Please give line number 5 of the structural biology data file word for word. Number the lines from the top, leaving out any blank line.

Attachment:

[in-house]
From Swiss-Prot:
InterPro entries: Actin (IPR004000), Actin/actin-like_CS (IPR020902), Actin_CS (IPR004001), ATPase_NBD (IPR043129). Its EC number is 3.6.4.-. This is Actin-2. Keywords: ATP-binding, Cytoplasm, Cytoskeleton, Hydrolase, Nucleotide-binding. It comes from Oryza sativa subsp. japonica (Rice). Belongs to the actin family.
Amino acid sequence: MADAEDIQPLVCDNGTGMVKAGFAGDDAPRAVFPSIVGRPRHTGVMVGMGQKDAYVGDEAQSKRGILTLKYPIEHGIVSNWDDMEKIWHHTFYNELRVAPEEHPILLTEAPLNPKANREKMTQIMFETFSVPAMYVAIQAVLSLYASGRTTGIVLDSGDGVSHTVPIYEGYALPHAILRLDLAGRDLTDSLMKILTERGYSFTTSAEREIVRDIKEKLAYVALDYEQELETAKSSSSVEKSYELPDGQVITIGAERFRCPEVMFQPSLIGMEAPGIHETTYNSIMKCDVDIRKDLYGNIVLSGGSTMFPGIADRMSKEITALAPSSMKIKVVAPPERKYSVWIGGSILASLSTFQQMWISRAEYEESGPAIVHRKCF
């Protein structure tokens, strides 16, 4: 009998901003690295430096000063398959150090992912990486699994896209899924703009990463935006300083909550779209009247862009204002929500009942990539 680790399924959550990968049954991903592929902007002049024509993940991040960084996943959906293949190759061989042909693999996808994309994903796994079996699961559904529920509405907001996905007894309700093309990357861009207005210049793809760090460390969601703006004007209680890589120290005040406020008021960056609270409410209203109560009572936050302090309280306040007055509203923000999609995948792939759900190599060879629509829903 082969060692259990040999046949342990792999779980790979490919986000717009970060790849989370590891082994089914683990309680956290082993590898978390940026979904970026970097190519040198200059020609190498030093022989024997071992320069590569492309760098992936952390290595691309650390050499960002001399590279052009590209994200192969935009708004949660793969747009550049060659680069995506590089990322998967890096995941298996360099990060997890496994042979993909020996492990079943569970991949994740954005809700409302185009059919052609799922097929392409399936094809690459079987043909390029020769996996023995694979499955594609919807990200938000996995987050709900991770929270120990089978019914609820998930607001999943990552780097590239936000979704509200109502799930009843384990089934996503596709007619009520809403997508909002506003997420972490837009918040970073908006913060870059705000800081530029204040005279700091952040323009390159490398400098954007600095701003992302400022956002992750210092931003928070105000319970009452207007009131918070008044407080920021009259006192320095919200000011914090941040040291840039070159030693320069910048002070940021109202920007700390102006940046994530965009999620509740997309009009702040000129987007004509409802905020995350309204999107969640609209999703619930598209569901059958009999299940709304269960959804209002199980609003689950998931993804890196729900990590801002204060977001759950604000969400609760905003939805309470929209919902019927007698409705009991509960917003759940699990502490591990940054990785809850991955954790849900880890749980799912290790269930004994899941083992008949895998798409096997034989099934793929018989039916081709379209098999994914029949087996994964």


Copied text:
């Protein structure tokens, strides 16, 4: 009998901003690295430096000063398959150090992912990486699994896209899924703009990463935006300083909550779209009247862009204002929500009942990539 680790399924959550990968049954991903592929902007002049024509993940991040960084996943959906293949190759061989042909693999996808994309994903796994079996699961559904529920509405907001996905007894309700093309990357861009207005210049793809760090460390969601703006004007209680890589120290005040406020008021960056609270409410209203109560009572936050302090309280306040007055509203923000999609995948792939759900190599060879629509829903 082969060692259990040999046949342990792999779980790979490919986000717009970060790849989370590891082994089914683990309680956290082993590898978390940026979904970026970097190519040198200059020609190498030093022989024997071992320069590569492309760098992936952390290595691309650390050499960002001399590279052009590209994200192969935009708004949660793969747009550049060659680069995506590089990322998967890096995941298996360099990060997890496994042979993909020996492990079943569970991949994740954005809700409302185009059919052609799922097929392409399936094809690459079987043909390029020769996996023995694979499955594609919807990200938000996995987050709900991770929270120990089978019914609820998930607001999943990552780097590239936000979704509200109502799930009843384990089934996503596709007619009520809403997508909002506003997420972490837009918040970073908006913060870059705000800081530029204040005279700091952040323009390159490398400098954007600095701003992302400022956002992750210092931003928070105000319970009452207007009131918070008044407080920021009259006192320095919200000011914090941040040291840039070159030693320069910048002070940021109202920007700390102006940046994530965009999620509740997309009009702040000129987007004509409802905020995350309204999107969640609209999703619930598209569901059958009999299940709304269960959804209002199980609003689950998931993804890196729900990590801002204060977001759950604000969400609760905003939805309470929209919902019927007698409705009991509960917003759940699990502490591990940054990785809850991955954790849900880890749980799912290790269930004994899941083992008949895998798409096997034989099934793929018989039916081709379209098999994914029949087996994964």